NEW YORK (AP) â€” All rise! Judge Joseph Wapner's ``People's Court'' is back in session, if only for one day.
The 81-year-old jurist returned to the set this week, a sweetly nostalgic exercise to celebrate his old show's 3,000th episode and maybe grab some attention in what has become one of television's most crowded genres.
``You may be seated,'' Wapner murmured, his low-key, affable demeanor a stark contrast to the loud judges who wisecrack or crack down on plaintiffs and defendants who come before the camera.
Wapner was television's only judge when he started ``The People's Court'' in 1981 after leaving the California bench.
Now there are 10 court shows on the air. There's ``Judge Judy'' Sheindlin and her husband, Jerry, who now presides over ``The People's Court.'' There's Judge Brown, Judge Hatchett, Judge Mathis and Judge Lane. There's ``Divorce Court,'' ``Moral Court,'' ``Curtis Court'' and ``Power of Attorney.''
It's all a viewer can do to avoid getting lost in legal mumbo jumbo.
There's really only one thing to remember: ``It's Judy and everyone else,'' said Stu Billett, executive producer of ``The People's Court.''
The tart-tongued ``Judge Judy'' has an audience roughly twice the size of any other, and she's the reason there are so many court shows. The genre had virtually disappeared when Wapner left in 1993, but ``Judge Judy'' revived it four years later.
Her husband, Jerry Sheindlin, believes the O.J. Simpson case and other televised trials fueled a hunger for justice among viewers, which the court shows satisfied succinctly.
``People saw efficiency, they saw a problem and they saw it resolved within 30 minutes,'' Sheindlin said.
Each of the non-Judy court shows are basically interchangeable with viewers, said Garnett Losak, an expert on the syndication market for Petry Media Corp. How well they do is dependent on the time slots they negotiate with local stations, she said.
``It probably is at its apex,'' Losak said. ``I don't know if we can absorb any more.''
``The People's Court'' is in the middle of the pack, doing well enough to survive but not giving Jerry Sheindlin much to brag about over the dinner table. His wife's audience is more than three times bigger than his.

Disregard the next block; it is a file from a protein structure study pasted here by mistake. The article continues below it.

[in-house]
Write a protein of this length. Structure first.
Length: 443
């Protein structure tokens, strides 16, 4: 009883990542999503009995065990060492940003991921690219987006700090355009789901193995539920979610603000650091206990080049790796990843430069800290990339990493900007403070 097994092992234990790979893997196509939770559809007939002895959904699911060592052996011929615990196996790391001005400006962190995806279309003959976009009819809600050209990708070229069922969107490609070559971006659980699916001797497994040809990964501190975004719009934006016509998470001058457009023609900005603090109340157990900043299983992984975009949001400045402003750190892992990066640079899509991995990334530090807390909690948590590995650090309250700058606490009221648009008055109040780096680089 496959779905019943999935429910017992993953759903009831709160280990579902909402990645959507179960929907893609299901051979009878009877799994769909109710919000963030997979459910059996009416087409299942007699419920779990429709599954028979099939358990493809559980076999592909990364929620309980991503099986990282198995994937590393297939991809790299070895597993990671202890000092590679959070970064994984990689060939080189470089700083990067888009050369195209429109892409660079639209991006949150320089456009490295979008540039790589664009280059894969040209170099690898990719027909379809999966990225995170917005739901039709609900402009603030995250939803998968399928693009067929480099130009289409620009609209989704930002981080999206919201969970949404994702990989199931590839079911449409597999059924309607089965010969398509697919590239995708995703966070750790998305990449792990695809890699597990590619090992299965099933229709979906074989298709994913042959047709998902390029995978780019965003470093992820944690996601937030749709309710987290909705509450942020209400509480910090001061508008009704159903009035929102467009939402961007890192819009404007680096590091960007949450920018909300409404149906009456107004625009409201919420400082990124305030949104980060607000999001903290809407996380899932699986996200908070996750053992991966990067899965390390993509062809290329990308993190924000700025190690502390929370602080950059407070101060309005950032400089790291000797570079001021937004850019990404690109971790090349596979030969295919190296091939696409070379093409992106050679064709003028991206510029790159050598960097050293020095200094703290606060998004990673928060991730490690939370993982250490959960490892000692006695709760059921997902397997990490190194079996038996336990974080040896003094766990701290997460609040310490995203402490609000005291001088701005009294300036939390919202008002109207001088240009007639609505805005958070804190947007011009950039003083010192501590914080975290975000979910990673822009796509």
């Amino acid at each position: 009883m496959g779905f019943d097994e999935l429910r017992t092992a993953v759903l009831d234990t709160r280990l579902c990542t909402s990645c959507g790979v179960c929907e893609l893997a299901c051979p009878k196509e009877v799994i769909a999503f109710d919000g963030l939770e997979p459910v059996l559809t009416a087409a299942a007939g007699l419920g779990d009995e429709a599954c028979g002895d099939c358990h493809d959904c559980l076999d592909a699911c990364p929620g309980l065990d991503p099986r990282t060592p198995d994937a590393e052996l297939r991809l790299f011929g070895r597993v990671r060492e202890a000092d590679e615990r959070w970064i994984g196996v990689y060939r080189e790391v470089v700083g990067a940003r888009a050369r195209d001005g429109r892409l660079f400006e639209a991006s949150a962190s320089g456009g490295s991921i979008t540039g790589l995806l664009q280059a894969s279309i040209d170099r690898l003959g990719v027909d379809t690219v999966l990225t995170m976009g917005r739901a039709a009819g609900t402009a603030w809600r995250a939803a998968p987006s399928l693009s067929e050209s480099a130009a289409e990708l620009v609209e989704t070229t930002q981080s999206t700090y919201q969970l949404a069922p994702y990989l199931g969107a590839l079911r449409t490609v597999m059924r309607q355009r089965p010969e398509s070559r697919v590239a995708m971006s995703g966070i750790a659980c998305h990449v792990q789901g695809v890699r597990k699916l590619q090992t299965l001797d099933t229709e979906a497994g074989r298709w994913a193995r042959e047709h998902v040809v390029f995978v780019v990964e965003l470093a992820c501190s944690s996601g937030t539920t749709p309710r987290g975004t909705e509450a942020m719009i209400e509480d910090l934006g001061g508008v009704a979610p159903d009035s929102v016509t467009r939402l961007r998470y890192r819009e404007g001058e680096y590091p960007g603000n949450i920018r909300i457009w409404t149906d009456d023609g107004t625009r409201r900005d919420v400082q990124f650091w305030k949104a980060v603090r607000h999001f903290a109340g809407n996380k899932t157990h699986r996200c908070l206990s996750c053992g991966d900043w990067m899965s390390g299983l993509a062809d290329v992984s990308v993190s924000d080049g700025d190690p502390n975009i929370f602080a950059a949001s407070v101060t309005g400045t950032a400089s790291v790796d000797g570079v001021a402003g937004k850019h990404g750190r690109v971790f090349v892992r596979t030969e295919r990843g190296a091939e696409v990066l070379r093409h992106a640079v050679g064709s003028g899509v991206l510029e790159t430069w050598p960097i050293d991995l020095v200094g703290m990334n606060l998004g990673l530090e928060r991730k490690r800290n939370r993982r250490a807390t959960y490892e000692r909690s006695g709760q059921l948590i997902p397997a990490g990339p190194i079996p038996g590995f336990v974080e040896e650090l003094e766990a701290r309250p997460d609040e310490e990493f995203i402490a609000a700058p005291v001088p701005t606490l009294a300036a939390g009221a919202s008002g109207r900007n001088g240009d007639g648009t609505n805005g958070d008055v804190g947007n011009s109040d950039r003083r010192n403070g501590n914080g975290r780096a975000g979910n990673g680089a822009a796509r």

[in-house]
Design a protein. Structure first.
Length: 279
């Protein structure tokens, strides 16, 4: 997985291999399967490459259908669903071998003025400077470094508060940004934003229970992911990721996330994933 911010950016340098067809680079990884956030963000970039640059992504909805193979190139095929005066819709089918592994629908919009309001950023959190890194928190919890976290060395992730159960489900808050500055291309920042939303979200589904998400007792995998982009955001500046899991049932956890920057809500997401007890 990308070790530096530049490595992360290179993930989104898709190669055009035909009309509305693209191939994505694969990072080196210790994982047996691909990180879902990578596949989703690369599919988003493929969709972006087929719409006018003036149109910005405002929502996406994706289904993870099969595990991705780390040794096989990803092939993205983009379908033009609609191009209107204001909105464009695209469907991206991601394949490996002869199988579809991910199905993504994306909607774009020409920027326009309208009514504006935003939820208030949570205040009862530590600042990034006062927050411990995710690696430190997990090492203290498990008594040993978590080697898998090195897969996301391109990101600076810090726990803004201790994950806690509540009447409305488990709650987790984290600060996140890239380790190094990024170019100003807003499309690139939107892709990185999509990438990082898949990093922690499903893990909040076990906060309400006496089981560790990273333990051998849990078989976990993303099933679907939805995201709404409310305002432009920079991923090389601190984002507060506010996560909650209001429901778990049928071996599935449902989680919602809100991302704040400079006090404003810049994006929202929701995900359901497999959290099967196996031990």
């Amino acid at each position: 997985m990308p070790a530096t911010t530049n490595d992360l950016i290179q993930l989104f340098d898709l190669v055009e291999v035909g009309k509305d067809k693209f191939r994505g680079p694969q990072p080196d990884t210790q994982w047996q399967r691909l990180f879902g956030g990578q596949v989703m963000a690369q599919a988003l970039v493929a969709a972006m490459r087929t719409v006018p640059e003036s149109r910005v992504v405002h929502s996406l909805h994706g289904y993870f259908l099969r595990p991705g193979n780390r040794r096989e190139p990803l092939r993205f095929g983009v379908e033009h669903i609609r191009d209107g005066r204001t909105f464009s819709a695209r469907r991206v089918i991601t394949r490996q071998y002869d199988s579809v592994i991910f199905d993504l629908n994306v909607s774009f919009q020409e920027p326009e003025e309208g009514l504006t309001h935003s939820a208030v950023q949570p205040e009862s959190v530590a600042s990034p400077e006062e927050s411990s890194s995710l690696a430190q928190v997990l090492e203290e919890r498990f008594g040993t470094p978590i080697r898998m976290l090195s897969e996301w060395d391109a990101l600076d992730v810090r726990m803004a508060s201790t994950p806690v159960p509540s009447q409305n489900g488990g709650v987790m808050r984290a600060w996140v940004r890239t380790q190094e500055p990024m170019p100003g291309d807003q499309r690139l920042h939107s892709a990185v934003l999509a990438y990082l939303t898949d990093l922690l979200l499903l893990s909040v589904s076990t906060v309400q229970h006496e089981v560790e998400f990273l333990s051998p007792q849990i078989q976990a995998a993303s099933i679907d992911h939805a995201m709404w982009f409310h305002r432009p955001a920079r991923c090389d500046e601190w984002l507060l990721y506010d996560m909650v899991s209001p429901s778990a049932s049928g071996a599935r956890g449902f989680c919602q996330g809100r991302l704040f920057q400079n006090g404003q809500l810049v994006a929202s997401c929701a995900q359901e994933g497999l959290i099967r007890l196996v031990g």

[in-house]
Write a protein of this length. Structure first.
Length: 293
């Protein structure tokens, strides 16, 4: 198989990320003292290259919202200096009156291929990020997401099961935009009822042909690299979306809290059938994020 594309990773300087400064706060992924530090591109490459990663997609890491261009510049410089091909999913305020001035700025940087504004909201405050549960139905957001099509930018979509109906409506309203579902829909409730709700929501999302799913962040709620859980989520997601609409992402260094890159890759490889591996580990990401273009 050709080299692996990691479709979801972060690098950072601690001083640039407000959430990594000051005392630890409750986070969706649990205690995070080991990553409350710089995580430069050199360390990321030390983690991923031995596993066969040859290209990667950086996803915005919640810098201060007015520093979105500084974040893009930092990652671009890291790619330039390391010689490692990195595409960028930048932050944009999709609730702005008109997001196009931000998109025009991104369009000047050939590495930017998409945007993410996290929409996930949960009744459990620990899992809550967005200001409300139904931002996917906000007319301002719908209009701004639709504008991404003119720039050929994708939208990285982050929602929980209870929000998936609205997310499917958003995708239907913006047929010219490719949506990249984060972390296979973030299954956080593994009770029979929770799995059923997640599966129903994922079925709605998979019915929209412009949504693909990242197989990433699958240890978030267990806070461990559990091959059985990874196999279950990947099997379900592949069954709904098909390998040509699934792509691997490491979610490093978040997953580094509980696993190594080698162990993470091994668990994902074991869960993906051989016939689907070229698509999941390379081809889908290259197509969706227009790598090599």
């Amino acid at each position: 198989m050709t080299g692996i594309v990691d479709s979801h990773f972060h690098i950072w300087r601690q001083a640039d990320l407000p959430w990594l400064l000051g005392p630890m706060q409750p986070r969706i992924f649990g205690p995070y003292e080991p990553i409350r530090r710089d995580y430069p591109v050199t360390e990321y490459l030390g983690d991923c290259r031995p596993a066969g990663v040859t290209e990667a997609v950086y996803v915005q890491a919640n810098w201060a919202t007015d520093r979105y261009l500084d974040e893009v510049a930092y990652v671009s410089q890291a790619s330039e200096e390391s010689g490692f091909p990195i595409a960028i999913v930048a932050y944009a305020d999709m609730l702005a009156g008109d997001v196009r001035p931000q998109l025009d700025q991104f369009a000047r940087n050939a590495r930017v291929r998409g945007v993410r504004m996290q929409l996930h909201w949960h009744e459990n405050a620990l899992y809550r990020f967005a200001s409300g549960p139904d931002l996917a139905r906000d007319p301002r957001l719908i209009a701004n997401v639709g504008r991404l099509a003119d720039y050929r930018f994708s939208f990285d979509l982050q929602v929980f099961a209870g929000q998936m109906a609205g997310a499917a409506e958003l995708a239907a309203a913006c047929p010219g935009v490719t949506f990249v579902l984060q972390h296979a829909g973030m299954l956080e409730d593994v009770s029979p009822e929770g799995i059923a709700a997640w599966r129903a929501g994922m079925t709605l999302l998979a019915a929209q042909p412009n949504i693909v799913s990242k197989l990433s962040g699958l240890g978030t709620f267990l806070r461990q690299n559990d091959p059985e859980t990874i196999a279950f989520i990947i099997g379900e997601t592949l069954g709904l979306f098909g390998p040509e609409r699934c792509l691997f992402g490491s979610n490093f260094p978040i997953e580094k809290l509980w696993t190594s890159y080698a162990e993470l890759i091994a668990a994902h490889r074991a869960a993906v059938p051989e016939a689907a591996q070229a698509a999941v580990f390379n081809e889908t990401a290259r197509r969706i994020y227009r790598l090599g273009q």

Wapner has seen snippets of Judge Judy's work, but wouldn't know a Judge Lane from a Judge Curtis. He never watches the shows.
``I never watched myself,'' he said. ``Why should I watch them?''
He and his wife live in Century City, Calif., and stay busy with charity work. Wapner makes sure to play tennis four days a week.
``I would say occasionally I miss it,'' he said.
He slipped easily into the robes Monday evening to tape the 3,000th show with Doug Llewelyn and Rusty Burrell, the court reporter and court officer on the original ``People's Court.'' It is scheduled to air on Nov. 16.
Wapner judged the case of a man suing a sports dealer for a refund because he believed a hockey jersey he bought supposedly worn by former Boston Bruins goalie Andy Moog was a fake.
Wapner methodically questioned the customer, the dealer and Moog, who said he didn't believe he wore it.
Judgment for the plaintiff: $448.47.
Wapner, a non-hockey fan who briefly flubbed Moog's name, told the former goaltender that he heard Moog was a very good player.
``I had some good days,'' Moog said.
``So did I!'' Wapner replied.
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